Her friends stayed with the television star overnight and left mid-morning, but said they were aware Flack was angry with them for calling the emergency services and therefore risking the episode being made public.

Flack was found hanged at her home in the mid-afternoon.

On Wednesday, prosecutor Lisa Ramsarran said the CPS looked at Flack’s mental health when the case was first reviewed, including evidence that the television personality self-harmed at the crime scene when she allegedly assaulted Mr Burton.

Floral tributes placed outside Caroline Flack’s former home Credit: Dominic Lipinski/PA

However, it was decided it was in the public interest to authorise a charge of assault by beating, particularly considering the domestic violence allegation.

Mr Burton said he did not support the charge, and said Flack “was not in a good place emotionally”.

Coroner Mary Hassell said Caroline Flack died by suicide.

She said: “The key decision for me to make is whether Caroline took her own life.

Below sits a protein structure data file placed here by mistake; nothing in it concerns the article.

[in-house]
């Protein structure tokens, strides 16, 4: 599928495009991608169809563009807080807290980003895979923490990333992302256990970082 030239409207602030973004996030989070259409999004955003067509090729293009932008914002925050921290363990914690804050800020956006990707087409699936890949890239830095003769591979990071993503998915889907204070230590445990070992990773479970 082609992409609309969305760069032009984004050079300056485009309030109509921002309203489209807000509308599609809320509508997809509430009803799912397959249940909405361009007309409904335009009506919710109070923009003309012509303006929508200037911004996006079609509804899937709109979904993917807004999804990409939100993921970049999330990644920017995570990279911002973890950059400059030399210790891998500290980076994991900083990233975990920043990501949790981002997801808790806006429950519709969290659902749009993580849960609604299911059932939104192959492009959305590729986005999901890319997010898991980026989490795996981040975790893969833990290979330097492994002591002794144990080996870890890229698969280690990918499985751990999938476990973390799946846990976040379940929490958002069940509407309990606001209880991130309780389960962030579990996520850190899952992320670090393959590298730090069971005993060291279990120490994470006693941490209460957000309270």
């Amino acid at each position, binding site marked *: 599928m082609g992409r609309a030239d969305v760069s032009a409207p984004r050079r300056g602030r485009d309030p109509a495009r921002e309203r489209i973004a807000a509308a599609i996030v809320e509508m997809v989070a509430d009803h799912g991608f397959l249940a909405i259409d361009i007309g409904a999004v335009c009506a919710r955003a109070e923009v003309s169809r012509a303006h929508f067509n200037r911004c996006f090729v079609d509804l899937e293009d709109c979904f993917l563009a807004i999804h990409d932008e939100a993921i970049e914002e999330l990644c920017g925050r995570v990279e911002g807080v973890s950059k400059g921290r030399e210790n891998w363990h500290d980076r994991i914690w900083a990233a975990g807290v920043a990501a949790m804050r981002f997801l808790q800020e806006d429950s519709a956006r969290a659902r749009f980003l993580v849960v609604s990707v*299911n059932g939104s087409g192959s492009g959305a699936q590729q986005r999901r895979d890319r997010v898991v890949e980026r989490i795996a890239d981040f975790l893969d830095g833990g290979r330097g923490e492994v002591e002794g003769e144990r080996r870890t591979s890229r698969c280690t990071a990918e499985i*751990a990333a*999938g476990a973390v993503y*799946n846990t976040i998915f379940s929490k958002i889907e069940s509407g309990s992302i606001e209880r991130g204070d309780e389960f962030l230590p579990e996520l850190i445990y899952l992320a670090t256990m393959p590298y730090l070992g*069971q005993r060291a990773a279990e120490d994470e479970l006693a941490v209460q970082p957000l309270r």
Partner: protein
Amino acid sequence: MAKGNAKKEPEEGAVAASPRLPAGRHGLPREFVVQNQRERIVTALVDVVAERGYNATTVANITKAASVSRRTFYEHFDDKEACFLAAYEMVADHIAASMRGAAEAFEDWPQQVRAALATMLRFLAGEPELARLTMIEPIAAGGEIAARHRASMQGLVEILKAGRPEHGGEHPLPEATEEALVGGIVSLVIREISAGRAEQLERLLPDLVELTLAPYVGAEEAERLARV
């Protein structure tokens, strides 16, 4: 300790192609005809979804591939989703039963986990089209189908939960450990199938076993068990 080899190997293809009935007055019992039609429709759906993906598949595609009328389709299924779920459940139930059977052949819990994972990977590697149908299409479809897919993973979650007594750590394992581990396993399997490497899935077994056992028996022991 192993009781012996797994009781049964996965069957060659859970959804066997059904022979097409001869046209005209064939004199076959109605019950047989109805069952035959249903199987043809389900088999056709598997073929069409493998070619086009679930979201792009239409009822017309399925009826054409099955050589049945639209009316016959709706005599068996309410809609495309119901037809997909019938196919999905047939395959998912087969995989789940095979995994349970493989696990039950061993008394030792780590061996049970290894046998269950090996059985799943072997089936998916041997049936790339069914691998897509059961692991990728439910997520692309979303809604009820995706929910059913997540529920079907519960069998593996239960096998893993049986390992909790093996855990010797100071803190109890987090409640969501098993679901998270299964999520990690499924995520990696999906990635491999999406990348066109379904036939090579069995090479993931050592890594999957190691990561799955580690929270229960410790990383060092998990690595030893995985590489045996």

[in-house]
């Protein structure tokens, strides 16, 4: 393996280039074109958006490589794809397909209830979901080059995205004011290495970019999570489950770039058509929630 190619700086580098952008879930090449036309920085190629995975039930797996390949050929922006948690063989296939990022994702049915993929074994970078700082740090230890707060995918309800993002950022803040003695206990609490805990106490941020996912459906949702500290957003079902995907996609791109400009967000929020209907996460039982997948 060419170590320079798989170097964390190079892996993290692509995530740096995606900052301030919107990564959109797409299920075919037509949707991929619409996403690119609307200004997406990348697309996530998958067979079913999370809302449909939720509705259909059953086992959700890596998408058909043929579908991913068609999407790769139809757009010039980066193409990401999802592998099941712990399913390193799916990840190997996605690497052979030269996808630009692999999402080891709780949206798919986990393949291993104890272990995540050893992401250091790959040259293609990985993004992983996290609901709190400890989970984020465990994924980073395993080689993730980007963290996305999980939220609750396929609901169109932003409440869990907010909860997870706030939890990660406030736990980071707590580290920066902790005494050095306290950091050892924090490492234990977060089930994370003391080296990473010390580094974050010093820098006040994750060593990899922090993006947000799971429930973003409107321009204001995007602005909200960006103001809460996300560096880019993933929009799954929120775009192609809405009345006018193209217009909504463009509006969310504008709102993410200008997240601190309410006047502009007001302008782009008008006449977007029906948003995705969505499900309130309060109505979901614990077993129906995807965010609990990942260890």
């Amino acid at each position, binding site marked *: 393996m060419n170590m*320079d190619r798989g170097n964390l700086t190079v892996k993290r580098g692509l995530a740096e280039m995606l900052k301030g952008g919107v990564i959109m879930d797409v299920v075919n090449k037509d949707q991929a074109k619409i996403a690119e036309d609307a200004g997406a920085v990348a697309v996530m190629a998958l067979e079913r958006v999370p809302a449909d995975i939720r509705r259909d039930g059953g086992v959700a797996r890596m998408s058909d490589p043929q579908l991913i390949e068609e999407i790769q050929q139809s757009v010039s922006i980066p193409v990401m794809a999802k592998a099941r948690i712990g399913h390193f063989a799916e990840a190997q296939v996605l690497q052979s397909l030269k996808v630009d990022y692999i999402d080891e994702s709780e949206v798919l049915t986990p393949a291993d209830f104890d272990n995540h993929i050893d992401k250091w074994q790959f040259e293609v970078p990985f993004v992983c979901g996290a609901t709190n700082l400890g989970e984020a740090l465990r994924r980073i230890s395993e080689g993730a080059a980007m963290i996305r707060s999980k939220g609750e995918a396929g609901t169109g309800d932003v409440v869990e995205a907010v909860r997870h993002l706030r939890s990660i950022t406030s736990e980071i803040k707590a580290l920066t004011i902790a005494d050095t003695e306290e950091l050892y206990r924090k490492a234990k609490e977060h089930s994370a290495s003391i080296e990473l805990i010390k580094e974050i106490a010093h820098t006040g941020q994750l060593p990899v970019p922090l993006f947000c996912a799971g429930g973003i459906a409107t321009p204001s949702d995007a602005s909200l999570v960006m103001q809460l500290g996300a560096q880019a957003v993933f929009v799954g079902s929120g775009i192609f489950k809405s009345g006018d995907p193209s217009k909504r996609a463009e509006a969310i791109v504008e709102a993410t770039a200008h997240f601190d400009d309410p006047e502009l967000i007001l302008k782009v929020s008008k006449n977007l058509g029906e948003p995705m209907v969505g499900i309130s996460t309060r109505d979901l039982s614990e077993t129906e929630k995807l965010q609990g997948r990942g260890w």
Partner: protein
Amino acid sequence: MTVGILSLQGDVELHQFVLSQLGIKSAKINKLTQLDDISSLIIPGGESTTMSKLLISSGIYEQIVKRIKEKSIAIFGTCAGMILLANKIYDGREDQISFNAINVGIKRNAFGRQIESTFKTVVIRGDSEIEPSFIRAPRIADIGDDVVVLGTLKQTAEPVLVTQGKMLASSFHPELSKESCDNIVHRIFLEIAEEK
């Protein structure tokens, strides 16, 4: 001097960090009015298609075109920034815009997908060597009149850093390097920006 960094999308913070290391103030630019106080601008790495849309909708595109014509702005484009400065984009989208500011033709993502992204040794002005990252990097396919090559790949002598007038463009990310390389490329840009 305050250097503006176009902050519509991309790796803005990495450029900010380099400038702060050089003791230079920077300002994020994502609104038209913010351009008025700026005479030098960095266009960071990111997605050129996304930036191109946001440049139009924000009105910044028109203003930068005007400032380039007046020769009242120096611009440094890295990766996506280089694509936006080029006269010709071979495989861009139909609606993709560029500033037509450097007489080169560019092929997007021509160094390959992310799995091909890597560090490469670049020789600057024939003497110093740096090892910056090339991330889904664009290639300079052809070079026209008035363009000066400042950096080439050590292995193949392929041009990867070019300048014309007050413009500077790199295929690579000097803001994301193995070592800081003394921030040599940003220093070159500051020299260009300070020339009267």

“I have to be satisfied she acted in a way so as to cause her death, and secondly that she intended to cause her death.

“In Caroline’s case I am entirely satisfied she intended to cause her own death.

“She hanged herself. She had only one expectation – her own death.

“There’s no doubt in my mind at all.”

The coroner said: “Caroline had fluctuating mental ill health, she had had struggles in the past.

“She had had difficulties. In spite of the fact she may have led – to some – a charmed life, actually the more famous she got the more some of these difficulties increased – she had to deal with the media in a way most of us don’t.

“It was played out in the national press – and that was incredibly difficult for her."

“I find the reason for her taking her life was she now knew she was being prosecuted for certainty, and she knew she would face the media, press, publicity – it would all come down upon her.

“To me, that’s it in essence.”

Flack’s mother, twin sister, and two close friends joined the hearing by video link, although Mr Burton was absent.

  • Samaritans operates a 24-hour service available every day of the year, by calling 116 123. If you prefer to write down how you’re feeling, or if you’re worried about being overheard on the phone, you can email Samaritans at jo@samaritans.org